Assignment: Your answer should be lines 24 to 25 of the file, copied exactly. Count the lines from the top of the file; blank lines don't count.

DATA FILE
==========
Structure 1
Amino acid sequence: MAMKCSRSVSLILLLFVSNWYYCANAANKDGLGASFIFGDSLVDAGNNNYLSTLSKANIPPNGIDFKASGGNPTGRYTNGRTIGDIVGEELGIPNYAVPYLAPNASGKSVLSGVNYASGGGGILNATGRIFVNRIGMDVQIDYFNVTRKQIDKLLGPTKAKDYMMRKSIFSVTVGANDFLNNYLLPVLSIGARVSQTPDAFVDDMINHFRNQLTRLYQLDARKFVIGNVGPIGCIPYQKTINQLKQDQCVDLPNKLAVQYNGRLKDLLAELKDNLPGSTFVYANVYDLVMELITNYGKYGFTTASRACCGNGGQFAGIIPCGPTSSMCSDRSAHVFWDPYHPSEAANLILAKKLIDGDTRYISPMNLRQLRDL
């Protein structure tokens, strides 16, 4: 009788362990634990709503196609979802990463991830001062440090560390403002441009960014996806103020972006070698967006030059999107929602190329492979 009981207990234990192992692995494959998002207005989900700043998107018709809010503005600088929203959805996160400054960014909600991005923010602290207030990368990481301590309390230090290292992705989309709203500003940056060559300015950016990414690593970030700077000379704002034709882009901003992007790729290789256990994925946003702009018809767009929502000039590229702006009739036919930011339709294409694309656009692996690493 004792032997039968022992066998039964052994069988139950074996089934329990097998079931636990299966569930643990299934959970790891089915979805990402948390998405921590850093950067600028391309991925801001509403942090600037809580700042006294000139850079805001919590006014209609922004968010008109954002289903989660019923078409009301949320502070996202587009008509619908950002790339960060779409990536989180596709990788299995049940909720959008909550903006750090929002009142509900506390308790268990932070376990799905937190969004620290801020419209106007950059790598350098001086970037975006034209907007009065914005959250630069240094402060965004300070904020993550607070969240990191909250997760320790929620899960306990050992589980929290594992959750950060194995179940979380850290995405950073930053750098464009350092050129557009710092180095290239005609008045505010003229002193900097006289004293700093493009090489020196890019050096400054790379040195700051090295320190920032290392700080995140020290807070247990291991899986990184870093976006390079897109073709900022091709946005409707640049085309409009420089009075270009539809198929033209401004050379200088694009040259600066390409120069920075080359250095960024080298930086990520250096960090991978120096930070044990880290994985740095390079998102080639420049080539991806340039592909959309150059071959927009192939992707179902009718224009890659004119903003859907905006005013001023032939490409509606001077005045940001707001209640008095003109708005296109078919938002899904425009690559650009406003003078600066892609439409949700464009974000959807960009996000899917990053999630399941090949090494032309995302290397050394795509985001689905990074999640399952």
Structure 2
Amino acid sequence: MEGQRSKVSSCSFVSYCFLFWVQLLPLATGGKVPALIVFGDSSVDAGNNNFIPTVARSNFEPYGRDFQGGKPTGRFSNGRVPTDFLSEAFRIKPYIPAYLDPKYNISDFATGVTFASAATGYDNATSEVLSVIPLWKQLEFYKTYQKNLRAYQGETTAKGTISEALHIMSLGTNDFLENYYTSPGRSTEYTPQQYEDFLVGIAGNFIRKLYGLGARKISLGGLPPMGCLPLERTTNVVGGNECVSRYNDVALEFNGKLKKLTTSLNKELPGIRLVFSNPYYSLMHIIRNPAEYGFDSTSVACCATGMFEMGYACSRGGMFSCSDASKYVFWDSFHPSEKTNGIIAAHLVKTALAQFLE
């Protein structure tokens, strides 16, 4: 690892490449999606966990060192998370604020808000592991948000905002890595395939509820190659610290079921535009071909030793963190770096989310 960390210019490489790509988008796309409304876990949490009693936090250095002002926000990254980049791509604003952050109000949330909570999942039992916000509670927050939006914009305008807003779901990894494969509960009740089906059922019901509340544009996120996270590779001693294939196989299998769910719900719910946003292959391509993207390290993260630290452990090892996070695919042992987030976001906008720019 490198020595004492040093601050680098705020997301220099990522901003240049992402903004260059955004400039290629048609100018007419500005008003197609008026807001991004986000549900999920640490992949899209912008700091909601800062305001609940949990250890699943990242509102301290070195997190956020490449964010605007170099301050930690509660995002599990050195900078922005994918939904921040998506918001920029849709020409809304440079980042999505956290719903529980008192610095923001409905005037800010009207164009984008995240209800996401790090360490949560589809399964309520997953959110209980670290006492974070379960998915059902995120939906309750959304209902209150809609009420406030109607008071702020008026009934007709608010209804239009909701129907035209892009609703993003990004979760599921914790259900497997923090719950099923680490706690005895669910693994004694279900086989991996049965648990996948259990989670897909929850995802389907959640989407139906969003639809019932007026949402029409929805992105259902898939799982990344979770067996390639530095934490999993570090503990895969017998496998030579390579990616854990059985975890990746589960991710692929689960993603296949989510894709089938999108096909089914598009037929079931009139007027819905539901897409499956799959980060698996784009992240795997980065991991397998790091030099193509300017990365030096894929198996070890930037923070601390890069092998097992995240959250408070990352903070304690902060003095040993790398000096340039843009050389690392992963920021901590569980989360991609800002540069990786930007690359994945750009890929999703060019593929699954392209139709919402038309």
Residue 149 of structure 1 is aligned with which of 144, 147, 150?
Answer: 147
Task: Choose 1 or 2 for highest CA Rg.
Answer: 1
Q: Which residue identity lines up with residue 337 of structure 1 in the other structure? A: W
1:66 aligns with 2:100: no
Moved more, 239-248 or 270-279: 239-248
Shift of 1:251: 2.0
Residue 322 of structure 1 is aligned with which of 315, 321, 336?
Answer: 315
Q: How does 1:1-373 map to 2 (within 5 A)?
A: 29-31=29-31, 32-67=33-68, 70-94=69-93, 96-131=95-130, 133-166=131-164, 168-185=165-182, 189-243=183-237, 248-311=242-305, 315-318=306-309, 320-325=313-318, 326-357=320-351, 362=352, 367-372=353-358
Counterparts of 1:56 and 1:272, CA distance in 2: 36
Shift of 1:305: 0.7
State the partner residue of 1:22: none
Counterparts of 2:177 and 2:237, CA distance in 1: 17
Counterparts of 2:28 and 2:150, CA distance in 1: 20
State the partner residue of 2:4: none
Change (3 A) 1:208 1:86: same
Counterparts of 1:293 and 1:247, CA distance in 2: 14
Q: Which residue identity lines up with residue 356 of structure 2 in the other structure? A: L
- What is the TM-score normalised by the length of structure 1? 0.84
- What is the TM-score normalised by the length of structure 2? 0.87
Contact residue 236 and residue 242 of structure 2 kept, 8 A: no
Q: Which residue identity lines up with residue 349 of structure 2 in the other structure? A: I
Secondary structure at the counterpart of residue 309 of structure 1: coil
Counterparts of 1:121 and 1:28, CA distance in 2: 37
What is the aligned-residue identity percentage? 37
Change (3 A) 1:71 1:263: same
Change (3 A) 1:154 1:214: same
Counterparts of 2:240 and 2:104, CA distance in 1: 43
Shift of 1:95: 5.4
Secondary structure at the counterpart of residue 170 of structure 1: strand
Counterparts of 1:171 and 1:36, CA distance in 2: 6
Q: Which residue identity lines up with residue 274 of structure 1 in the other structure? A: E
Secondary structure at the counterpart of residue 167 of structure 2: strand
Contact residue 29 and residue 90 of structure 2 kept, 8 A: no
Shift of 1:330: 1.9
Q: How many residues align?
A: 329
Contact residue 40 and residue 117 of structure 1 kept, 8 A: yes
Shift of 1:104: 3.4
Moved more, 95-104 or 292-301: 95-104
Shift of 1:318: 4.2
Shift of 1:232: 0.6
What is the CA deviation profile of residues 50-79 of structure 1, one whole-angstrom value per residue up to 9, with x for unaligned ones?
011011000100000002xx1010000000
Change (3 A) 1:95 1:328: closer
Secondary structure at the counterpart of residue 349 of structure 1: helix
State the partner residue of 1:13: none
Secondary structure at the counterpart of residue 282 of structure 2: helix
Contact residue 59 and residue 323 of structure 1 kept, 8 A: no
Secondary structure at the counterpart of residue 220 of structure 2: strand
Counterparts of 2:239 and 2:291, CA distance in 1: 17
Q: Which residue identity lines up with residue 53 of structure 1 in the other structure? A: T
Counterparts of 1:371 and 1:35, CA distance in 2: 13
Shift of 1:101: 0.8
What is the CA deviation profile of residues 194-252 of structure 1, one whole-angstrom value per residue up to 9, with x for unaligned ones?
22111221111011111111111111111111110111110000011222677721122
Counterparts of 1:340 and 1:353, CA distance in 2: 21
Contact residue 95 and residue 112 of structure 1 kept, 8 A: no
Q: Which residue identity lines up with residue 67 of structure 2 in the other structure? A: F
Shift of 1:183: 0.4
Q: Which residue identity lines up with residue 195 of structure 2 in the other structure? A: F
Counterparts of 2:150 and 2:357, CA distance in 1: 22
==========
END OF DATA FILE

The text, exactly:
State the partner residue of 2:4: none
Change (3 A) 1:208 1:86: same